Can Evolutionary Mismatch theory explain Covid madness?

‘Mismatch theory represents the idea that traits that evolved in an organism in one environment can be disadvantageous in a different environment. ‘

I have tried, in earlier posts, here and here, to pin down the reasons for the wholly disproportionate response to Covid by politicians, health professionals and the population at large. Finally, I have a name for the phenomenon that I theorise lies behind this mistake.

In August 2020 a nationwide survey revealed that the British public held a shockingly exaggerated belief of the severity of the Covid threat (see graph below). Argument has raged about the correct way to interpret these results. Furthermore, the actual mortality figure, by then about 0.1%, was not given as an option (why!?), so I’m prepared to be generous to the 50% who answered 1%, and credit them with something closer to the truth. But it still seems clear to me that about a quarter of the population believed the mortality figure to be many orders of magnitude greater than the real figure.

That being so, it’s not surprising that so few people have objected to the ruinously expensive, and socially destructive measures imposed upon them by their governments, who in turn claim to be ‘following the science’. But the question remains: why are people in our kind of society predisposed to exaggerate the dangers they see in their environment? Why did the fantasy predictions of the likes of Neil Ferguson find such ready acceptance, and why was his extensive record of observationally contradicted forecasts so readily forgotten? Why has every suggestion of a potent treatment or prophylaxis for Covid faced both an outpouring of scorn, and a burden of proof far greater than that faced, for instance, by the unproven theory that ‘lockdowns save lives’?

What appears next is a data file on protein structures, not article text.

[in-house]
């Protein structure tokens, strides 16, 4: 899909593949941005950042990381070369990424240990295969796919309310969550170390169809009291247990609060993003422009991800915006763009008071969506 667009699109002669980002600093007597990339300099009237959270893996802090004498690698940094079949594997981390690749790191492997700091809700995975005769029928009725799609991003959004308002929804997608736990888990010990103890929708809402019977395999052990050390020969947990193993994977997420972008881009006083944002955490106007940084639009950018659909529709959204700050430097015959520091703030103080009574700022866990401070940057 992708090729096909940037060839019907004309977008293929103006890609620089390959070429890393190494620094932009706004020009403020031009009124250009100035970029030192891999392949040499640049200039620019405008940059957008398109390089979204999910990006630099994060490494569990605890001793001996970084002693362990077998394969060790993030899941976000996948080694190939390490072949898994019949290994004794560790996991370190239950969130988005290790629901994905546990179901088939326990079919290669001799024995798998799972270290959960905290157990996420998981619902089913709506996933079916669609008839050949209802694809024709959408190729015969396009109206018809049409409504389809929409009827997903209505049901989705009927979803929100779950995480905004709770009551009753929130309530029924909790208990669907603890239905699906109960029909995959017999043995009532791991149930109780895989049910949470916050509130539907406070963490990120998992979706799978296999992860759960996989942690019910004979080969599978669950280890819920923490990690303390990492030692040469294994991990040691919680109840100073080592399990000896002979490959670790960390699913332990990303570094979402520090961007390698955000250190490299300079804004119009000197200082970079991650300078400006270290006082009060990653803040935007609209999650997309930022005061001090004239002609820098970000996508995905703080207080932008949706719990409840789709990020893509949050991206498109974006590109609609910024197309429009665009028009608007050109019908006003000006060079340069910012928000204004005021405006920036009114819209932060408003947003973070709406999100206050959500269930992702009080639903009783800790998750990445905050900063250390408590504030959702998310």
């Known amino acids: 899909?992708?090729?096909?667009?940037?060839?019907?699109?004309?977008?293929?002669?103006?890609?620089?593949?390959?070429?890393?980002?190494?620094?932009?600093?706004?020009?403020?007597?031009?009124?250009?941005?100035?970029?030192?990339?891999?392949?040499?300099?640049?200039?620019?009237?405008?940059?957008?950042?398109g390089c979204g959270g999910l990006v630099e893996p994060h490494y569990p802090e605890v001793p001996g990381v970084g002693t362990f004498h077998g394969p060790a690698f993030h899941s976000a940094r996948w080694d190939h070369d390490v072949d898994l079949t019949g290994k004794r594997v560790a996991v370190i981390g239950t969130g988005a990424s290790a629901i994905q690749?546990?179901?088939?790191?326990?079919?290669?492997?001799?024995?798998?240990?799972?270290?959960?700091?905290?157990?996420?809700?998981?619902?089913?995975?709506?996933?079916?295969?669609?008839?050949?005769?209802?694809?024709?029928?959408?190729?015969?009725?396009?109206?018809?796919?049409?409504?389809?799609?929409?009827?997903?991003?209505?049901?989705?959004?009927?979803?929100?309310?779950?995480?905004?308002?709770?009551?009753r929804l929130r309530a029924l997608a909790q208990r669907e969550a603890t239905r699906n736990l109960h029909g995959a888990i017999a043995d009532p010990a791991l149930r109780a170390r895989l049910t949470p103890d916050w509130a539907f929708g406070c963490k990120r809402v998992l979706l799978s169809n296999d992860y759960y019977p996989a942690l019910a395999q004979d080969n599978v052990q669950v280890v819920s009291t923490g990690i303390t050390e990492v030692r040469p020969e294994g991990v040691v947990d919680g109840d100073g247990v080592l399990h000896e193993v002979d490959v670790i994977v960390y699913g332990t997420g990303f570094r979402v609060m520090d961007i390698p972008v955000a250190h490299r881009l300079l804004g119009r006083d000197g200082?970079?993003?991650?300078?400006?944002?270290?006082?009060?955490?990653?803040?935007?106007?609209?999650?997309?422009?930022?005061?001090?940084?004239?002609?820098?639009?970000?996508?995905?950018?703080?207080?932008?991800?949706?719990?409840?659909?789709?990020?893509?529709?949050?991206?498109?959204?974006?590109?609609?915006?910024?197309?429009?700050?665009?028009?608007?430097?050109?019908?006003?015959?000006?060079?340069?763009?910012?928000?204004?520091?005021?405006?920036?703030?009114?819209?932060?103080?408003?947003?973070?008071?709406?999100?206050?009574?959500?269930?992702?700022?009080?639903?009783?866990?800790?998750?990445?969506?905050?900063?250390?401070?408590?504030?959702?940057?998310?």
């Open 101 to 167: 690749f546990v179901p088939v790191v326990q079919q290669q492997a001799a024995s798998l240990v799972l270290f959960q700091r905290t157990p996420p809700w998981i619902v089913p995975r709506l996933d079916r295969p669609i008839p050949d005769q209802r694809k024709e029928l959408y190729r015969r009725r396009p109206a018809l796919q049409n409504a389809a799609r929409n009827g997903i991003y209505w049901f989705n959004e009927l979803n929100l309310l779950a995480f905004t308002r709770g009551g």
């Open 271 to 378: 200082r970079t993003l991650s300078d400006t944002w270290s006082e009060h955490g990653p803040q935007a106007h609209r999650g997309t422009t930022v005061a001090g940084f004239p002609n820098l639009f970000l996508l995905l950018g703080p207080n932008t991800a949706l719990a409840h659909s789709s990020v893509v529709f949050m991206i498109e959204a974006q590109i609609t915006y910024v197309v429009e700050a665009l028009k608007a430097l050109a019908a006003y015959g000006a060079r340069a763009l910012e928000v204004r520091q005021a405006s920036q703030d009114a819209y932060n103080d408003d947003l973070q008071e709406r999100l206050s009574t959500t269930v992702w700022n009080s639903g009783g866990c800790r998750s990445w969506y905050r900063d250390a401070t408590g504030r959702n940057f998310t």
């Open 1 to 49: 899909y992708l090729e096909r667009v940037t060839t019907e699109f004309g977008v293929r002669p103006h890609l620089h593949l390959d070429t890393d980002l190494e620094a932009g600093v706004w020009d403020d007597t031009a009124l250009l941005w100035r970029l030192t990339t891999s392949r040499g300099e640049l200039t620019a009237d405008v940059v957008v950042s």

The medical professionals, who arguably are the people with the responsibility to correct an exaggerated public fear of an epidemic virus, have a positive disincentive to do so, because their moral hazard operates to punish perceived underestimates of hazard, while the absence (pace Sweden) of a counterfactual pretty much sees to it that exaggeration can be expected to go unpunished. Add to this the almost pathological aversion of the medical profession to uttering the words “we just don’t know”, and its contribution to the panic that has gripped the western world has been considerable. But the seeds of panic could surely not have produced such a rich crop of terror if they had not fallen on highly fertile ground. So, what is the source of that fertility?